Originally posted Monday, December 10, 2018 by RODNEY HOemail@example.com on his AJC Radio & TV Talk blog
Vinnie Politan recently left 11Alive with no explanation. Now we know why: he will be returning home to be lead anchor for a revival of Court TV.
Atlanta-based Katz Broadcasting, part of E.W. Scripps, purchased the intellectual property of Court TV from Atlanta-based Turner Broadcasting including the trademark, website and complete, original 100,000-hour Court TV library.
“This was by far the best fit that could keep me in town and do what I love,” said Politan, a former lawyer and prosecutor. “It’s really full circle. The last time I felt this excited was when I got the call from Court TV the last time.”
The network said it will offer live, gavel-to-gavel coverage, in-depth legal reporting and expert analysis of the nation's most important and compelling trials.
Court TV will re-launch in May 2019 and be offered to cable, streaming over the air and satellite services. The network already has commitments that will cover about 50 percent of U.S. television households at launch, with cable carriage of 25 percent of U.S. cable homes. There is no home yet in Atlanta but the company expects to find one before launch date.
Court TV debuted in 1991 and over the years covered some of the biggest cases such as O.J. Simpson, the Menendez brothers and Casey Anthony.
Politan was a key piece of the Court TV puzzle back in the day so bringing him back was a no brainer for Katz.
"Vinnie is a smart, seasoned and insightful journalist who takes his responsibility to viewers very seriously," said Jonathan Katz, president and CEO of Katz Broadcasting. "He brings immediate credibility to the anchor desk and is the right person to lead the charge of the new Court TV."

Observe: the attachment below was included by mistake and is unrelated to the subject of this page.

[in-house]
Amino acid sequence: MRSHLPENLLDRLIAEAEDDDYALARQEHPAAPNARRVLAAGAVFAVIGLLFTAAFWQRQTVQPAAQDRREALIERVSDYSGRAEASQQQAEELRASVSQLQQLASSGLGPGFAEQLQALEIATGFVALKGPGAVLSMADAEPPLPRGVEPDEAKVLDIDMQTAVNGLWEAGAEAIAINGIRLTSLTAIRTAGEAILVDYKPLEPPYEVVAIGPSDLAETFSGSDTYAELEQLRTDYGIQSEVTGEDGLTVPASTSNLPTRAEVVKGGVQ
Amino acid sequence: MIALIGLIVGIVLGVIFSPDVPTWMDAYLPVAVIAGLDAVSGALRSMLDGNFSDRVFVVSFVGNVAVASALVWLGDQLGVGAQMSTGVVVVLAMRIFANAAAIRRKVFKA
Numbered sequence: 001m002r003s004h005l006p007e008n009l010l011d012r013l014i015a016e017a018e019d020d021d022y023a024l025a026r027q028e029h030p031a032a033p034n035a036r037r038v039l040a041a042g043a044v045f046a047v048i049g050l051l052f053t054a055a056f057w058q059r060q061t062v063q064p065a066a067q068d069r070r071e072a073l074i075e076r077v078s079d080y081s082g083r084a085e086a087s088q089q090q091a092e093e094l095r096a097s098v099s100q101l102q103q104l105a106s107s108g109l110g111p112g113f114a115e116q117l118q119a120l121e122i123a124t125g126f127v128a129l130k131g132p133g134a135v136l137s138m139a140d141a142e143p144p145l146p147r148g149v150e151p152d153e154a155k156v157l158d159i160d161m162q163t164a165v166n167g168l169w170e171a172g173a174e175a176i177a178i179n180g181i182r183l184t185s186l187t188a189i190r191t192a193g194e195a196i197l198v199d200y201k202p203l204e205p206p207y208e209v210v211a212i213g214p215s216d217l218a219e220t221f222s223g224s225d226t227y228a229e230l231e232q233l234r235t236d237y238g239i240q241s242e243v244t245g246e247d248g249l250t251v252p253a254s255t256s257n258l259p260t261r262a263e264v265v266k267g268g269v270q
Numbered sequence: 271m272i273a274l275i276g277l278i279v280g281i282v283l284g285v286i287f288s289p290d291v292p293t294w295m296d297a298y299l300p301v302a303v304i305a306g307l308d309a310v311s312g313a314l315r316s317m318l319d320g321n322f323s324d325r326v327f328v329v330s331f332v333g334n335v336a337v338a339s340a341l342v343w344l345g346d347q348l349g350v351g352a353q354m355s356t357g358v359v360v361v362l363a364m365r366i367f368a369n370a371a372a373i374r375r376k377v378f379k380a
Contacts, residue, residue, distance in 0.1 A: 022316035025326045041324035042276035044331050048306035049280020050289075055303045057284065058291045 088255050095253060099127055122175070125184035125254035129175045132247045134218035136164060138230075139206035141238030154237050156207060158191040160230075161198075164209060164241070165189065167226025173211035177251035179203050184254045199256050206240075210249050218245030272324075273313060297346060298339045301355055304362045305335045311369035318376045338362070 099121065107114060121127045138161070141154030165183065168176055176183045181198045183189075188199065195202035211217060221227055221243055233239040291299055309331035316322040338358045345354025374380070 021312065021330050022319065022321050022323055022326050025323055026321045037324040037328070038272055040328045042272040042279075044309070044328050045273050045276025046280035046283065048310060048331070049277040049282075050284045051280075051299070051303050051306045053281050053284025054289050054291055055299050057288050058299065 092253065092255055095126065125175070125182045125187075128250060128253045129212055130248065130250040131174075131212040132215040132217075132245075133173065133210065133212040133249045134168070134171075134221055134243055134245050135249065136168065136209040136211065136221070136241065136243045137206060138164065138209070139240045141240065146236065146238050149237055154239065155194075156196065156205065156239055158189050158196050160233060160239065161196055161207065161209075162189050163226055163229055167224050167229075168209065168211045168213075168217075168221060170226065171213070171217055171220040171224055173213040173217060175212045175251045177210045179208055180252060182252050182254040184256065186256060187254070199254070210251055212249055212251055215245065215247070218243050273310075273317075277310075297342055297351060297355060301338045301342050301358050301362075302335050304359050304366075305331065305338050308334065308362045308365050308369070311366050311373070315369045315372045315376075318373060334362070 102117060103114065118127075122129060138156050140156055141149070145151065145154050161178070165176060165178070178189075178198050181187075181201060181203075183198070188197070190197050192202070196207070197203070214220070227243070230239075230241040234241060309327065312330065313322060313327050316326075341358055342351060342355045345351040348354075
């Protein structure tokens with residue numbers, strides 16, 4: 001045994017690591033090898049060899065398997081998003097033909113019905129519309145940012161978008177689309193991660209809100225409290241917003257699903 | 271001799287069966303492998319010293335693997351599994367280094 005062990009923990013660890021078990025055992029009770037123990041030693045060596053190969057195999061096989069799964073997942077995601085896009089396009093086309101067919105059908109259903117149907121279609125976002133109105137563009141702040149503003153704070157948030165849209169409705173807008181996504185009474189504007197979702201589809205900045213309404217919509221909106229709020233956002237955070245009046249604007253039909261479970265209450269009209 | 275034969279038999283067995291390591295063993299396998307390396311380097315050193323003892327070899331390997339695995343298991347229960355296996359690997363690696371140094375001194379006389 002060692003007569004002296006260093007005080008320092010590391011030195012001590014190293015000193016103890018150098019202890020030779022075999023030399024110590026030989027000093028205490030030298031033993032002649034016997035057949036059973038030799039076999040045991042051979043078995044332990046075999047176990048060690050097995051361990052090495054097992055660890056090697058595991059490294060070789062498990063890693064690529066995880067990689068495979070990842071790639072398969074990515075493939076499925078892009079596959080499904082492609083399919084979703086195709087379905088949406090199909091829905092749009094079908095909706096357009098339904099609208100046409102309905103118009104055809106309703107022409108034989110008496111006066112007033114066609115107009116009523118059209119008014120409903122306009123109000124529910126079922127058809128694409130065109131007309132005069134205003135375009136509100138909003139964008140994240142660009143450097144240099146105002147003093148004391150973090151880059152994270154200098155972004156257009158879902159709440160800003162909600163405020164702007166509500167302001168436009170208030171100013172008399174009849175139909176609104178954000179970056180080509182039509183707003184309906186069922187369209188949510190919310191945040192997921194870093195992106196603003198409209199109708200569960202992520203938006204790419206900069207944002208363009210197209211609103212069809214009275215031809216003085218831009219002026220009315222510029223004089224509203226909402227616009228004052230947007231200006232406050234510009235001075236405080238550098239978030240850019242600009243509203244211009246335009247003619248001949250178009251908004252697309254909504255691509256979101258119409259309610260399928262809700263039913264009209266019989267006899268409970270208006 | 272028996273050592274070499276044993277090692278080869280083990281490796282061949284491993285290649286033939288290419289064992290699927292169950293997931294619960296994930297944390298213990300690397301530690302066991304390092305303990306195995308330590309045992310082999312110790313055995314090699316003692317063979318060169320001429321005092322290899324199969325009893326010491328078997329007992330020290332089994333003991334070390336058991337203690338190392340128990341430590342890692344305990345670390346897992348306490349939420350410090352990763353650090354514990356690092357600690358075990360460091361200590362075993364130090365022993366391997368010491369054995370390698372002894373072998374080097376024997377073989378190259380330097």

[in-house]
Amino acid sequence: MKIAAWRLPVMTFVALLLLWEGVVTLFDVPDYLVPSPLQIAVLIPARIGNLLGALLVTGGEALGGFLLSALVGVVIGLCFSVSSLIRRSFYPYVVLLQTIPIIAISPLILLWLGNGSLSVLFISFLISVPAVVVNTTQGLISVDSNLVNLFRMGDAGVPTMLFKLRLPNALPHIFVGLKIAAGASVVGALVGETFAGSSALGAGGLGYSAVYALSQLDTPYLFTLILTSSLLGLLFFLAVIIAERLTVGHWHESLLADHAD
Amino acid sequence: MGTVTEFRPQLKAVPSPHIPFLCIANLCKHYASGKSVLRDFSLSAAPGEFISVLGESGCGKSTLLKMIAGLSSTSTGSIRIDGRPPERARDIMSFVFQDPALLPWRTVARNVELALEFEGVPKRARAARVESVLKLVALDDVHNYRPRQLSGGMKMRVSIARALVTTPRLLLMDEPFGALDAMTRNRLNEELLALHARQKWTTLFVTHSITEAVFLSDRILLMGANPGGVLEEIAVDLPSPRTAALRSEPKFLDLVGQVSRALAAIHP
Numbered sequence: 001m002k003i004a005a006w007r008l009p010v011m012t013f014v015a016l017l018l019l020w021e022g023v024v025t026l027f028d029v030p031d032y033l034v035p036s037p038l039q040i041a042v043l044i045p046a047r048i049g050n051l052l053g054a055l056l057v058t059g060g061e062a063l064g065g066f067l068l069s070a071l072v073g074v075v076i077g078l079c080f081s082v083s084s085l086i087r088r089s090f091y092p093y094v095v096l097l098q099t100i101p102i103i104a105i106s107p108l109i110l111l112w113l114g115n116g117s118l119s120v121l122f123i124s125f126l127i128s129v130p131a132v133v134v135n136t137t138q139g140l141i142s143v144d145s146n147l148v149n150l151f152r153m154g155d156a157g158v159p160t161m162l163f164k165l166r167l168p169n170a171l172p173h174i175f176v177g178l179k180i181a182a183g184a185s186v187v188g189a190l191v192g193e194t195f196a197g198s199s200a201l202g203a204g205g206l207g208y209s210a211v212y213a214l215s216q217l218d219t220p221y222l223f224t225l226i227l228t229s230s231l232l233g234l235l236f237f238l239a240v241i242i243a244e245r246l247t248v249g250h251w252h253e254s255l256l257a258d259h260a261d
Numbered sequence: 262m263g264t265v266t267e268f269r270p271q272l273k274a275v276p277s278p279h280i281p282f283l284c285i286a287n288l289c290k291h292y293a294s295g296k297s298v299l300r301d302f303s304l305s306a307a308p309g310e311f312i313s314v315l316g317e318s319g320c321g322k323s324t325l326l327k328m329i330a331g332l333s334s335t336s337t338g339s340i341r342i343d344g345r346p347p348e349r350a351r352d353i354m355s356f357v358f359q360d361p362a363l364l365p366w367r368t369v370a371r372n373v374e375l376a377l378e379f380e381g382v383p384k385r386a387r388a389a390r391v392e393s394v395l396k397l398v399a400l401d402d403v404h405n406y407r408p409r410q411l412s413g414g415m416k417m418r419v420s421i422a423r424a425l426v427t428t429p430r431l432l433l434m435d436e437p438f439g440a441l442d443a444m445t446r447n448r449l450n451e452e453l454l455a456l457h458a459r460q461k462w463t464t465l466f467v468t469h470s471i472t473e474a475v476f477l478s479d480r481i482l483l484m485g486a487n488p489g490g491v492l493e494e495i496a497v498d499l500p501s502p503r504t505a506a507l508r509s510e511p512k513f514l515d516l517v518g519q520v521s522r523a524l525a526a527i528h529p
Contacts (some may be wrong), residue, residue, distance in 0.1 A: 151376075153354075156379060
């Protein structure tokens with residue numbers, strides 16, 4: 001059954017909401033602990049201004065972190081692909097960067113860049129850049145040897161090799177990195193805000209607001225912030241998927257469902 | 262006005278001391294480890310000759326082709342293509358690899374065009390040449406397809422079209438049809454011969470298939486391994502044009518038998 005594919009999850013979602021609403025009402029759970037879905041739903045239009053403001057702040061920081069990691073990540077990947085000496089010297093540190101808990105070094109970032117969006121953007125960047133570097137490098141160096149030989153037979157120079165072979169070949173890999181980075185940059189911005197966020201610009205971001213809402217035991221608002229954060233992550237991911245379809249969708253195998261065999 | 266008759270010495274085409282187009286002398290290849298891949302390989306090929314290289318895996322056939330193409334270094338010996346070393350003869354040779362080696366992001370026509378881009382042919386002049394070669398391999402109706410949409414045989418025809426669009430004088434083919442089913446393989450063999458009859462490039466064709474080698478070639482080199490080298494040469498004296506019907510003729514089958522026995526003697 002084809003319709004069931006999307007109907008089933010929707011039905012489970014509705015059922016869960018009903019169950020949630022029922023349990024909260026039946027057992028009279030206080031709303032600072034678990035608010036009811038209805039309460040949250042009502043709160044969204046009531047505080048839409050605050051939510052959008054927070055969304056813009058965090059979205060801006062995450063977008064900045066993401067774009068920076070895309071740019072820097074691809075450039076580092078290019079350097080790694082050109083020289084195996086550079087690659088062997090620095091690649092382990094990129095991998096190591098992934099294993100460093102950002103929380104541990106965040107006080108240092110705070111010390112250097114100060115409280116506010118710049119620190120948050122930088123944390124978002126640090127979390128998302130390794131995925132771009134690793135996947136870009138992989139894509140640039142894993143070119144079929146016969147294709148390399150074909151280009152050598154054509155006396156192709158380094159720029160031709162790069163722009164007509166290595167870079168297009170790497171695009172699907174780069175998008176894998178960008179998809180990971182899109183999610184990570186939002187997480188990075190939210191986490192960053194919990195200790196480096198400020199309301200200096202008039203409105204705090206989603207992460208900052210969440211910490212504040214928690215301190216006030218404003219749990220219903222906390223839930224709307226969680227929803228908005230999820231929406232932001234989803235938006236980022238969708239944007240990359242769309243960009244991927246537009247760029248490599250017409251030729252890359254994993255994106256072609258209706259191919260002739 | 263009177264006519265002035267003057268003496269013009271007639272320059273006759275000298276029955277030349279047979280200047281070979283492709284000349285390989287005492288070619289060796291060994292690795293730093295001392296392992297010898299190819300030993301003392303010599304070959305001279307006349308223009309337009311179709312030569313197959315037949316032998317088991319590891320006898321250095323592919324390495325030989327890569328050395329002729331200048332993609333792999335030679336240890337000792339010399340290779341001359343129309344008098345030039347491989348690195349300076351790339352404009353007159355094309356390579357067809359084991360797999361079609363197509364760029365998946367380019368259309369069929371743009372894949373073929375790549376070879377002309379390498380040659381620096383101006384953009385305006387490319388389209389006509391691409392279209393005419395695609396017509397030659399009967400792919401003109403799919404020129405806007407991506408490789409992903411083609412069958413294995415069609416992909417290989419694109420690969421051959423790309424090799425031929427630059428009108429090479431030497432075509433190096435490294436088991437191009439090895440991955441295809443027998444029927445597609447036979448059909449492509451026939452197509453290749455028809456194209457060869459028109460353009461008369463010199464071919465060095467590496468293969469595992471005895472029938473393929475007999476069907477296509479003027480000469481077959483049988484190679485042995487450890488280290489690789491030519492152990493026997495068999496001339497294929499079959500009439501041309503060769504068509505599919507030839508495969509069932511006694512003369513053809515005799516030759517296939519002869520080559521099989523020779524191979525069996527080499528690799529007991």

And who knows? This might lure Atlanta-based Nancy Grace (now on Sirius/XM) back to TV.
While there are now entire networks devoted to crime-related programming including ID, Oxygen and the Justice Network, Court TV will fill in a hole in coverage: a focus on live trials.
“It’s a huge opportunity,” Politan said. “People come up to me all the time to talk about Court TV.”
And with social media now the norm, he said interaction with fans will be far greater than it was when Court TV was popular.
With five months to prepare for launch, Politan said he will be training a lot of the new staff about legal journalism and how to cover live trials. And he’s excited to see how Court TV will use all the old Court TV footage for future documentaries and shows.
“It will be interesting to dust off some of those discs and tapes and see what I looked like back in the day,” he said.
Turner Broadcasting eliminated Court TV about 11 years ago and gradually cut actual judicial-based coverage when it became truTV, now a full-time comedy-based cable network. Some of Court TV’s programming eventually migrated to Turner sister station HLN but live court coverage is no longer part of HLN’s modus operandi though HLN does air some crime-oriented shows.
Katz used to work at Turner Broadcasting. His company’s most successful network is Bounce TV, which pulls in solid numbers from African-American households. Katz founded the company in 2014 and sold it to Scripps in 2017.
Katz, who approached Turner about Court TV's intellectual assets, noted that the network was still immensely popular when Turner took it off air and the appetite for this type of programming continues to grow. He said the brand remains iconic after all these years.
"We believe the timing is perfect to reboot Court TV and fill that gap for consumers," Katz wrote. "We plan to make the new Court TV the Gold Standard in legal journalism – providing Americans with transparency into the U.S. courts system, delivering real life drama as it unfolds in the courtroom and telling compelling stories based on events in the criminal justice system that aren't being told in any other medium today."
Bob Thompson, who runs the Bleier Center for Television and Popular Culture at Syracuse University, said Court TV may face more competition than it did in the 1990s but at the same time, he thinks the fans of the original network will seek it out. "I'm excited to see how they'll use all that old Court TV footage," he said. "It's not exactly the MGM or Disney library, but there is some hot stuff there."
About the Author
Credit: Jason Getz / Jason.Getz@ajc.com